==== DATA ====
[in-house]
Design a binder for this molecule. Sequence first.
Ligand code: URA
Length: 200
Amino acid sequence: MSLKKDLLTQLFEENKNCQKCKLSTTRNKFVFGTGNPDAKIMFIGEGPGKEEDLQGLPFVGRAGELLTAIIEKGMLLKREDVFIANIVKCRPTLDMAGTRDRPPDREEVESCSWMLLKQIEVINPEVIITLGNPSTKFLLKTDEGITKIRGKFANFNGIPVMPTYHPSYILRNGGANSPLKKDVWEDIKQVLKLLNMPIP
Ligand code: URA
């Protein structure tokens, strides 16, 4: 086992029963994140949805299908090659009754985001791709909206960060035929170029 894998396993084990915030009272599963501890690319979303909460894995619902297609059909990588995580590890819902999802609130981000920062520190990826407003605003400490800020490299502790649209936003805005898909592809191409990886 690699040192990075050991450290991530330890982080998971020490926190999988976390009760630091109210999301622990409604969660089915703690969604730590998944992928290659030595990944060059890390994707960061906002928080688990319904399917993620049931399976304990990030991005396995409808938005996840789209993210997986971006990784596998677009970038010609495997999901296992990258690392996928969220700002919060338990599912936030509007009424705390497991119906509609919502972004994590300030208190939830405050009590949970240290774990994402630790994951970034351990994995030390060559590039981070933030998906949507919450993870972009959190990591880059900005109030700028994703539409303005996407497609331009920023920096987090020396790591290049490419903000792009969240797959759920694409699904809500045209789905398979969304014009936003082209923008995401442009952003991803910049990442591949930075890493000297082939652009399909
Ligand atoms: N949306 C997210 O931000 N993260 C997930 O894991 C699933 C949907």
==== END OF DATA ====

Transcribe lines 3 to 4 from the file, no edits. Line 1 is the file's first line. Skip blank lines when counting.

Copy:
Ligand code: URA
Length: 200